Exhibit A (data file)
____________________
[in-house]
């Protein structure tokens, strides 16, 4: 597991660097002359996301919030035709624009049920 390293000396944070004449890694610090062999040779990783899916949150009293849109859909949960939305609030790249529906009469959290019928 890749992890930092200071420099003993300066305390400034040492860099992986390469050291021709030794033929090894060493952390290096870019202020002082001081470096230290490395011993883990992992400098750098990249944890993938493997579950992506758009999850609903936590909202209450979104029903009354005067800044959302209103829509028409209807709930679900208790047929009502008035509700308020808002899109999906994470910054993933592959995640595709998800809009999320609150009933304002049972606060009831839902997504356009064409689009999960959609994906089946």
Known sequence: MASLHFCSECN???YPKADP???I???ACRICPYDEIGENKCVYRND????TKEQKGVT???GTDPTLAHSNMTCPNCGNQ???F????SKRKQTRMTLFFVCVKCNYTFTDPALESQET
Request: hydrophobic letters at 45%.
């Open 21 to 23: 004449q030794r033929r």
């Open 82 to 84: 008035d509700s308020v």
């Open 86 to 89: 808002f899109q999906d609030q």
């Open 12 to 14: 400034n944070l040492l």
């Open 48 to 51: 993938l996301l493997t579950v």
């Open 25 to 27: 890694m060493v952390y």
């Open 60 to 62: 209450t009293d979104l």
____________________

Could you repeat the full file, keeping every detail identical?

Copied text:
[in-house]
């Protein structure tokens, strides 16, 4: 597991660097002359996301919030035709624009049920 390293000396944070004449890694610090062999040779990783899916949150009293849109859909949960939305609030790249529906009469959290019928 890749992890930092200071420099003993300066305390400034040492860099992986390469050291021709030794033929090894060493952390290096870019202020002082001081470096230290490395011993883990992992400098750098990249944890993938493997579950992506758009999850609903936590909202209450979104029903009354005067800044959302209103829509028409209807709930679900208790047929009502008035509700308020808002899109999906994470910054993933592959995640595709998800809009999320609150009933304002049972606060009831839902997504356009064409689009999960959609994906089946």
Known sequence: MASLHFCSECN???YPKADP???I???ACRICPYDEIGENKCVYRND????TKEQKGVT???GTDPTLAHSNMTCPNCGNQ???F????SKRKQTRMTLFFVCVKCNYTFTDPALESQET
Request: hydrophobic letters at 45%.
């Open 21 to 23: 004449q030794r033929r």
């Open 82 to 84: 008035d509700s308020v």
């Open 86 to 89: 808002f899109q999906d609030q």
């Open 12 to 14: 400034n944070l040492l």
């Open 48 to 51: 993938l996301l493997t579950v």
């Open 25 to 27: 890694m060493v952390y």
């Open 60 to 62: 209450t009293d979104l």